The Real Deal Miami

Fort Lauderdale approves Related, PMG developments along New River

Commissioners vow to keep an eye on affordable housing in future

April 20, 2017 02:00PM
By Joshua Kleinberg

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Las Olas Riverfront renderings (Credit: ArX Solutions) Inset: Ryan Shear

The Fort Lauderdale City Commission on Wednesday approved a total of 745 new units to be developed by the Related Group and Property Markets Group along the Tarpon River.

The first proposal, which is the third phase of Related Group’s New River Yacht Club, calls for 190 units at South Andrews Avenue and Southwest Fifth Street.

Rendering of the Related Group’s New River Yacht Club project

The eight-story building will be built just south of the property’s 26-story riverfront tower, which was completed in spring of 2014. “I think it’s a great concept,” said commissioner Dean Trantalis. “I think it fills in a spot that has long needed a change.”

The second proposal was for phase two of PMG’s plan to replace the western half of the now-empty Las Olas Riverfront retail space at Southwest First Avenue and West Las Olas Boulevard with a 1,214-unit mixed-use development.

The 42-story tower will include 555 market-rate units geared toward millenial renters, anchored by 35,000 square feet of commercial space.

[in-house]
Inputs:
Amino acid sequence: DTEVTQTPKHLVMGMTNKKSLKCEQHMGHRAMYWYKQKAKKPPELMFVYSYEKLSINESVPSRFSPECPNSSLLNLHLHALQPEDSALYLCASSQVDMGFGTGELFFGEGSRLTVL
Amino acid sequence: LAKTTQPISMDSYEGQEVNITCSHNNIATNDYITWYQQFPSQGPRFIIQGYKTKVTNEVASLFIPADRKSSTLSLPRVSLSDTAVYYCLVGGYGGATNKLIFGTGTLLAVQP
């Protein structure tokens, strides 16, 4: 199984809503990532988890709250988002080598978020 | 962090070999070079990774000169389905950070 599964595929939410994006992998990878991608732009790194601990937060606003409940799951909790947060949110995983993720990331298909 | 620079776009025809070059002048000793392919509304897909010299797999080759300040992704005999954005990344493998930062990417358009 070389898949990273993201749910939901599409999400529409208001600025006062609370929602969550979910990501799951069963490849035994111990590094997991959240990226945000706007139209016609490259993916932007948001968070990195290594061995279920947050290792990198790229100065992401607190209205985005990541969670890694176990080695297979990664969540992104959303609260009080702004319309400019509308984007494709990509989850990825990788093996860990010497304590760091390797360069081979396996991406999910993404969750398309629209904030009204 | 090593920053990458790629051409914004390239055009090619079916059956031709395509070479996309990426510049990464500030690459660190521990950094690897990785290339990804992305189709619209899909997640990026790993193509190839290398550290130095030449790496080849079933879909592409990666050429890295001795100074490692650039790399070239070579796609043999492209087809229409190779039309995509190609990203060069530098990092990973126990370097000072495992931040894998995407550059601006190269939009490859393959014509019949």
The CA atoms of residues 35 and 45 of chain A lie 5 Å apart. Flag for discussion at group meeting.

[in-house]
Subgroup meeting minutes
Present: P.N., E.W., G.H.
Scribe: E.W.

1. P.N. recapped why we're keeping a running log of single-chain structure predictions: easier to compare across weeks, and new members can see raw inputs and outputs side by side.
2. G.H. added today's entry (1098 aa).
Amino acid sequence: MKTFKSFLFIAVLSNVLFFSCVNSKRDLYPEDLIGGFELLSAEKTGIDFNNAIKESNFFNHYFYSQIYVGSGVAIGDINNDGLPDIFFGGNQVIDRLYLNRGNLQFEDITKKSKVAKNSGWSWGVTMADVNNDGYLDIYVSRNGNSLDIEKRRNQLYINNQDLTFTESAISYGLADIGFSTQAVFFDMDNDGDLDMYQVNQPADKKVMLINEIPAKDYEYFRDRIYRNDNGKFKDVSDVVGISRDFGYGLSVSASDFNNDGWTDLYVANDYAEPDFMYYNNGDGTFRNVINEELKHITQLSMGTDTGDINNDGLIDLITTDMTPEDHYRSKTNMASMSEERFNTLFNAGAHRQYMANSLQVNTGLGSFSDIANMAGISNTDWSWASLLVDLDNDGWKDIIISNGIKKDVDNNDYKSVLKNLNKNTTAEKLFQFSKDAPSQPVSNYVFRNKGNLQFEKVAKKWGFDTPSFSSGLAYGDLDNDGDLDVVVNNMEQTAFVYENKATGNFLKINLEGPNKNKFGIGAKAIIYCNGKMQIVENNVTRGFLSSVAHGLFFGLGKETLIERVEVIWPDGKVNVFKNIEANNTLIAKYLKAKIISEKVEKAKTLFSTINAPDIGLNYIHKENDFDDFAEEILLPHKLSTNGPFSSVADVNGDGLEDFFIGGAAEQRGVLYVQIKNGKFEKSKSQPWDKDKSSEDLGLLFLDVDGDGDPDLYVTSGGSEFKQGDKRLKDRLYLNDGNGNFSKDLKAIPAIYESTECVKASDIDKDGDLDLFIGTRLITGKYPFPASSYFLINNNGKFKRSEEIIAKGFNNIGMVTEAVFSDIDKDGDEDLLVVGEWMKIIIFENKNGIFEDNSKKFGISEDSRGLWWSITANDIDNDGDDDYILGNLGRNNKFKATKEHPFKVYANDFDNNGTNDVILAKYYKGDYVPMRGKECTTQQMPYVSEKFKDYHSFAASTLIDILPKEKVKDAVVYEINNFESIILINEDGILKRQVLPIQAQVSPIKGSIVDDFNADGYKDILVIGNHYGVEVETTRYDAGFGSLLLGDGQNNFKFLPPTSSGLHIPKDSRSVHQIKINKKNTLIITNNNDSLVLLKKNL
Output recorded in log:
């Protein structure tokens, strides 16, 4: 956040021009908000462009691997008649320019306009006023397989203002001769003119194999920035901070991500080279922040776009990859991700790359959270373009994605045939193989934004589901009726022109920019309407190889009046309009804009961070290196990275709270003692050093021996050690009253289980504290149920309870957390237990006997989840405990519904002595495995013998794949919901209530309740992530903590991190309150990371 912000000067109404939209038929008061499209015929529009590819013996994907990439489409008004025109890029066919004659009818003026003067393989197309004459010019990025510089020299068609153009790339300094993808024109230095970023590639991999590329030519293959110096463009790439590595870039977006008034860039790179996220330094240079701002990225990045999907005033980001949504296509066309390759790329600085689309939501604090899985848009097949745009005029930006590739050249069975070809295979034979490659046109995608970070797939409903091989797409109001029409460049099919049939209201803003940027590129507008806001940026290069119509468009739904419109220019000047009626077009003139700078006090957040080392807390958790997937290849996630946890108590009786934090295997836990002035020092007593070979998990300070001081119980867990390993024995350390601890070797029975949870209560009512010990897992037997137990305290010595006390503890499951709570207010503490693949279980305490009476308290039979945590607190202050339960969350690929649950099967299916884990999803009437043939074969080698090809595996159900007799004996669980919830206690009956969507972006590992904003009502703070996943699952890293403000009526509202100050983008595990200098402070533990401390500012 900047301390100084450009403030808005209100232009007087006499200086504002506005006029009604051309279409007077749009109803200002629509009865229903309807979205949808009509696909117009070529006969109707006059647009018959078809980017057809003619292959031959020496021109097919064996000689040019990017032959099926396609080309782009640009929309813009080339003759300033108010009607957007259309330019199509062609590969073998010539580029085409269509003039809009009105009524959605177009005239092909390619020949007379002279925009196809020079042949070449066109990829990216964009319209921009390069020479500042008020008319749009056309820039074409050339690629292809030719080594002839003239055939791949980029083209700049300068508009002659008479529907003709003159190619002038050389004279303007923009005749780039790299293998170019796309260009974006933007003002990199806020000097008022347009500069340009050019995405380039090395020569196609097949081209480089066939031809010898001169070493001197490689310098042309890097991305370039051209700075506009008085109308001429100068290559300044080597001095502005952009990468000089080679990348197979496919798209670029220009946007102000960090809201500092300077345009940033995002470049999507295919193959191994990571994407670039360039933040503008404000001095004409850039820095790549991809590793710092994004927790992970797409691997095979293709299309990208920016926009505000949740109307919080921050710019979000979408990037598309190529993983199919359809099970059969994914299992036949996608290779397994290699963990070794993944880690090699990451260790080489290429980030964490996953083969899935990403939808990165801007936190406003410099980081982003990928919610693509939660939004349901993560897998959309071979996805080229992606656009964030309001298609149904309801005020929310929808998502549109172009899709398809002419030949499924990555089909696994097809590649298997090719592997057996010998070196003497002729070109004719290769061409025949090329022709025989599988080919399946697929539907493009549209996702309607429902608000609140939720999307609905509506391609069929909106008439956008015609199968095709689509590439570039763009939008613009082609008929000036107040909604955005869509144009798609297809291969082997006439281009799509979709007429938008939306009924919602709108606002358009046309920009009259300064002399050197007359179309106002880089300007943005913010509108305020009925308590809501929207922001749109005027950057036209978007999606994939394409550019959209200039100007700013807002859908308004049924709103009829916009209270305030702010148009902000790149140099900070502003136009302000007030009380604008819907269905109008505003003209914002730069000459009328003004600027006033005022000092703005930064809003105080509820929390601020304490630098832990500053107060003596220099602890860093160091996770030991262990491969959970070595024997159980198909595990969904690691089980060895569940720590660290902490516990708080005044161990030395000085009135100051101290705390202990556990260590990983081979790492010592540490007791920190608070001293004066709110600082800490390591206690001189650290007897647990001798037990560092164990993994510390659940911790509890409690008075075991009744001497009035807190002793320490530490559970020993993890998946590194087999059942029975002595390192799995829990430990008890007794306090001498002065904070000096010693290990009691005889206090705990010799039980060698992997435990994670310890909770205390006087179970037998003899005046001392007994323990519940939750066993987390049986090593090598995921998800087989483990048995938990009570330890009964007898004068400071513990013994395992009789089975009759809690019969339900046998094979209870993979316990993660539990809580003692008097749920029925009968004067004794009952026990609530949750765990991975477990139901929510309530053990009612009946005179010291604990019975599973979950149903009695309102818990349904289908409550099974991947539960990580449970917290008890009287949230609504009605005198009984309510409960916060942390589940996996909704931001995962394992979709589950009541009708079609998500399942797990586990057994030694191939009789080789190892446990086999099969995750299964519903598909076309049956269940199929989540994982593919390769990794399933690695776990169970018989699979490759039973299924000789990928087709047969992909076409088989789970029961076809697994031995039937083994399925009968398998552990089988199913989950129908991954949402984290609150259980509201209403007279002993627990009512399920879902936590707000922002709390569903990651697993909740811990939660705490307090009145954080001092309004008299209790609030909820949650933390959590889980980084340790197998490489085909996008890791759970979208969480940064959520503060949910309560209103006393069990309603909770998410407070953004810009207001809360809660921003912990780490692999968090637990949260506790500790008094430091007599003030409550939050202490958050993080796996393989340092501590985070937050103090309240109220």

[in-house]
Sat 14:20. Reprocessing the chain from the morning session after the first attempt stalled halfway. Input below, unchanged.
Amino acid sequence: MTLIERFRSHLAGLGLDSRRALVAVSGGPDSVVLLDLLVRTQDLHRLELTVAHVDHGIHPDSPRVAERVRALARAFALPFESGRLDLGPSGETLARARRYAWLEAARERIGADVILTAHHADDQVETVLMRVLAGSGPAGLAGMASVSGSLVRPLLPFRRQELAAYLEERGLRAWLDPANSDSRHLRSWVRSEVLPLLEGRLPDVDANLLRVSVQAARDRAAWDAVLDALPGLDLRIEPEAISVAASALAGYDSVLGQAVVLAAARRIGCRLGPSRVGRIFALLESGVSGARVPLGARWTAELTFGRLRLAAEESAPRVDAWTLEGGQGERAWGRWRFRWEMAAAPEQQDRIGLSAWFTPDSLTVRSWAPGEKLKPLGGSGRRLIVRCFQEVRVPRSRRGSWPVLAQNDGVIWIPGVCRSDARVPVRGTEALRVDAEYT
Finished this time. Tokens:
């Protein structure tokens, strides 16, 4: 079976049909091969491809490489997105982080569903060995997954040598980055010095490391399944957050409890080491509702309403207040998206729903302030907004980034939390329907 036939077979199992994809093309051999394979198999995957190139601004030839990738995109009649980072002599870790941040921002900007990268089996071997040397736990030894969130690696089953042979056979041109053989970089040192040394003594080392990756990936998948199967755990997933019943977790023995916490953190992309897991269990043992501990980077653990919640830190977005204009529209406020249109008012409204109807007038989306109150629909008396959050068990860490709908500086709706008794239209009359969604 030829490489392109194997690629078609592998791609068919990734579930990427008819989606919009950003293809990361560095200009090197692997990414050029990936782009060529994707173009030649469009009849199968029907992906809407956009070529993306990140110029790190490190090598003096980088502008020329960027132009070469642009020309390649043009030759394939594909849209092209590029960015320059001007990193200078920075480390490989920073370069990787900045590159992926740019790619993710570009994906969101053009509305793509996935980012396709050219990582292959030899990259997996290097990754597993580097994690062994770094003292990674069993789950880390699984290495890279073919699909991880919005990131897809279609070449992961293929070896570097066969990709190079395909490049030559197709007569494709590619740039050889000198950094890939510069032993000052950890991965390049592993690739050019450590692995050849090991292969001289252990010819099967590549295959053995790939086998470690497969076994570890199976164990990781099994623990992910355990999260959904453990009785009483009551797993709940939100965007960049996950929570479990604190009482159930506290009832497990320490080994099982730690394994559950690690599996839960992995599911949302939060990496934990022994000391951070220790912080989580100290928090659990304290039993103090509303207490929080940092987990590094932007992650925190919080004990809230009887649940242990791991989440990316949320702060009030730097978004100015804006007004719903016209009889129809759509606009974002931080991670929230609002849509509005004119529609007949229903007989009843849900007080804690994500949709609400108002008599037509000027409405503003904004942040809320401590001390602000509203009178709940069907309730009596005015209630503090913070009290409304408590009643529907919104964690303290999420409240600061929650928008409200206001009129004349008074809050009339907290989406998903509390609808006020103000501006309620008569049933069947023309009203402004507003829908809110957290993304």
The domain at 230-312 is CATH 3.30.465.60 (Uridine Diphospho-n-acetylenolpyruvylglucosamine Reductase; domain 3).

PMG recently bought most of the Las Olas Riverfront property from Fort Lauderdale-based developer Dev Motwani and his partners for $29 million.

PMG acquired about 2.4 acres on the western portion of the property. Motwani and his partners retained 1.3 acres on the eastern portion.

No opposition was voiced to either project, and both were approved unanimously, but commissioner Romney Rogers urged the commission to be strategic about continuing to allocate units at market rate, noting that the Broward County Unified Land Development Regulations require that of the 5,000 units Fort Lauderdale has available for allocation this year, 15 percent must be affordable.

“5,000 gets eaten up pretty darn quick,” said Rogers. “I know I’ve looked at projects the last two weeks that might eat up that many.”

“Before we issue the building permit for the [2,501st] unit, we have to make sure 375 affordable housing units have been allocated,” explained assistant city attorney D’Wayne Spence.

“We have to address it, but if you have a project that everybody likes,” said Mayor Jack Seiler, “I don’t want to hold them up.”

Seiler closed the discussion on the Riverfront proposal by requesting city staff come up with a recommendation to ensure the city is meeting its affordable housing obligations.

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